Exhibit targets wars, how they ravage women

This shows the detail on a quilt titled “Female Suicide Bomber” by Marge Fox of Grand Junction. The quilt is part of the exhibit “Atrocities: Women and War,” scheduled for June 2-25 at the Western Colorado Center for the Arts.



WHAT: Fiber art exhibit “Atrocities: Women and War.”

WHEN: June 2–25

WHERE: The Art Center, 1803 N. Seventh St., Grand Junction

OPENING RECEPTION: 6:30 p.m. June 3

SPECIAL EVENT: 7 p.m.  June 15 talk by Kathy Kelly, co-founder of Voices for Creative Nonviolence of Chicago. Kelly traveled to Afghanistan three times last year, lived in Gaza in 2009, has been to Pakistan and delivered medicines to Iraq. She also was sentenced to prison for planting corn on nuclear missile silo sites in the United States in the late 1980s.

http://www.gjartcenter.org or 243-7337
Grand Valley Peace and Justice, 243-0136

It seems most appropriate at this time in history for a group of fiber artists to focus on the brutality of armed conflict between countries or among factions within the same country.

Against this global backdrop, an exhibit titled “Atrocities: Women and War” will open next month at the Western Colorado Center for the Arts, 1803 N. Seventh St. Grand Valley Peace and Justice is a partner with the Art Quilt Association in this endeavor.

The exhibit of 19 pieces runs June 2–25 at the center, with an opening reception scheduled at 6:30 p.m.  June 3.

Kathy Kelly, co-founder of Voices for Creative Nonviolence, will speak in conjunction with the exhibit at 7 p.m. June 15 at the Art Center.

The textiles to be displayed have a political anti-war theme, says Marla Ferguson of Palisade, exhibit chairwoman. The intention is to generate a positive force against the destruction depicted in their art.

“Everybody who created a piece for this show was changed in some way by the experience,” Ferguson says.

Her show assistant, Marge Fox of Grand Junction, says creating such dark pieces was a fearsome task. The word “quilt” itself summons cozy feelings, warmth and comfort.

“Using fiber art to depict war felt like a crime, which made it a good challenge,” she says.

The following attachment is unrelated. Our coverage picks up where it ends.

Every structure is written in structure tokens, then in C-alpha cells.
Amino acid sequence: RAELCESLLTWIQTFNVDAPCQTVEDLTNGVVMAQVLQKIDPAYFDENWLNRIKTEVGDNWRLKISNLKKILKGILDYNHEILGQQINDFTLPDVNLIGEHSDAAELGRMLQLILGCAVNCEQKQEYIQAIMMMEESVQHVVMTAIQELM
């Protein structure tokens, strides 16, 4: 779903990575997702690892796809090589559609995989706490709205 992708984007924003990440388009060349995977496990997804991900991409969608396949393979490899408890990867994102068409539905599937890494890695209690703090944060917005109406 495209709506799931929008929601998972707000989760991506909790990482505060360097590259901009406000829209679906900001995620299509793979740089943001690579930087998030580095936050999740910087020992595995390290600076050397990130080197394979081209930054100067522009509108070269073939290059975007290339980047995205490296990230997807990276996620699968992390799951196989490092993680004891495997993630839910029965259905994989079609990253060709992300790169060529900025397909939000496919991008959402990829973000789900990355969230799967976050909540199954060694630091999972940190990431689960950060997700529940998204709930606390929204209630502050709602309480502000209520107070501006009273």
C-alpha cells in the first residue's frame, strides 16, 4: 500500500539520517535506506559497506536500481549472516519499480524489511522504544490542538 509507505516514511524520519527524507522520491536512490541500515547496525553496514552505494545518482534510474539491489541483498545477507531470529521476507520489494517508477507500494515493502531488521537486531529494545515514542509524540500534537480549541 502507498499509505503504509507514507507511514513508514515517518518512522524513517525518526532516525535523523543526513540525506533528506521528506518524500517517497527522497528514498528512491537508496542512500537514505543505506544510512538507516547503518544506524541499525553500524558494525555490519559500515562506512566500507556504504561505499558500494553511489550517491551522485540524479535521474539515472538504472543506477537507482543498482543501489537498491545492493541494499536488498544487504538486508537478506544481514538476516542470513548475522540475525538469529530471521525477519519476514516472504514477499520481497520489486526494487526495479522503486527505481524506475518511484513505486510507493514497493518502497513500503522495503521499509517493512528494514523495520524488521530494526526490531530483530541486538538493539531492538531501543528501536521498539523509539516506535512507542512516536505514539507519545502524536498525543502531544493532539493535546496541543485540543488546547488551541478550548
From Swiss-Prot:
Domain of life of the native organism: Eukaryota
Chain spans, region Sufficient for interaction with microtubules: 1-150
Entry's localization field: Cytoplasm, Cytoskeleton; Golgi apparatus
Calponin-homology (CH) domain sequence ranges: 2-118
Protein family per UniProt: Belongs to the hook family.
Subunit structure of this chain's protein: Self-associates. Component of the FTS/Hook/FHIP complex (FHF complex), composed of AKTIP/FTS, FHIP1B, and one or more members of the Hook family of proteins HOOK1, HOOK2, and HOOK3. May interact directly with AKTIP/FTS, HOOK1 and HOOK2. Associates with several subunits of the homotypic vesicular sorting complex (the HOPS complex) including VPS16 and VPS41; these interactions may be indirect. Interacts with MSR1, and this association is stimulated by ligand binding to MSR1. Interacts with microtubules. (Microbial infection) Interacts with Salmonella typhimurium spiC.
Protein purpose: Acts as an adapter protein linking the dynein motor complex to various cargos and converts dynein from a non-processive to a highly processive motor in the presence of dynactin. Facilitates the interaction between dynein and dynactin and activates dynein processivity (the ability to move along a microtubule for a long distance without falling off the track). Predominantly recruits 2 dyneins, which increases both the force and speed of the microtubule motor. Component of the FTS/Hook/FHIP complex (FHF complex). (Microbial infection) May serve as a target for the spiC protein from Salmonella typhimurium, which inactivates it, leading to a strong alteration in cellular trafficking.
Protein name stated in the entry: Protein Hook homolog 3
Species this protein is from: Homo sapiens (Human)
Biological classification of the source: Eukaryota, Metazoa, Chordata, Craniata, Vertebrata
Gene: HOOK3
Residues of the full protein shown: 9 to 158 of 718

The genesis for Fox’s entry, titled “Female Suicide Bomber,” came from her own resistance to the dichotomous term. She asked herself what it means that “a religious culture sacrifices its women, women who should be having babies that embody the survival of that culture.”

Fox thought of her 25-year-old daughter and tried to imagine “a life so painful, a future so bleak, a hatred so strong” that would justify in the young woman’s mind, in Fox’s mind or in her community’s mind, the loss of human potential.

As Fox counted beads to represent metal pellets in the making of her quilt, she had a frightening thought — somewhere in the world at that same instant, a family was loading ball bearings into an undergarment designed to eviscerate their sister or daughter or wife, killing her and all around her.

The realistic image of the burqa-clad bomber contrasts with Ferguson’s entry, “Stop the Madness,” which is rich in symbolism. Six shooters represent a woman’s ovaries as well as violence blasting into the uterus, the essence of being female. Horrors of war are written in the flow of blood: destruction, depression, fear, rape, death of a son.

While creating her entry titled “Once There Was Beauty,” Jean Roesler of Grand Junction says she was appalled to read that Viagra was being given to warlords to gain their favor.

Her fear and belief are that such actions will lead to even more evil against women. Raw, torn and burnt edges of fabric in Roesler’s quilt represent such feelings.

Fabric artist Kathy Pfeufer of Grand Junction depicts angry Palestinian women throwing rocks — the only weapons available to them — at Israelis whose housing developments they believe are encroaching on Palestine land.

Her quilt, titled “Peace Be With You” or “Palestinian Women Warriors,” is bordered on two sides by Palestinian flags.

Large Arabic letters proclaim “Peace Be With You,” a wish that Pfeufer says is counter to the Middle East, where peace never seems to be present.

When Grand Junction textile artist Nancy Dobson created her exhibit entry, tears came to her mind, if not her eyes — tears of sorrow and despair, tears of war.

They are shed by the women who are brutalized, raped and denied any sense of worth, and by those who lose children to land mines and terror, Dobson wrote in her artist statement.

She chose to create a replica of a vase that holds tears of the bereaved, which she titled “Lachrymatory: Tears Overflowing.”

Dobson explains that lachrymatories are small, narrow-necked vessels found in ancient Roman tombs. Tears supposedly were caught and kept in such vases.

Legend says “when the tears evaporate, the mourning process is over,” according to Dobson.

But will these tears ever evaporate, she asks, or continue to overflow their receptacles?

The 19 contributing artists are asking the public to step out of its comfort zone to view this “Atrocities” exhibit, as they stepped out of theirs to present the horrors of war through their medium of cloth.

As Fox says, surely “the human race can do better than this.”

Email Sherida.Warner@ gjsentinel.com.


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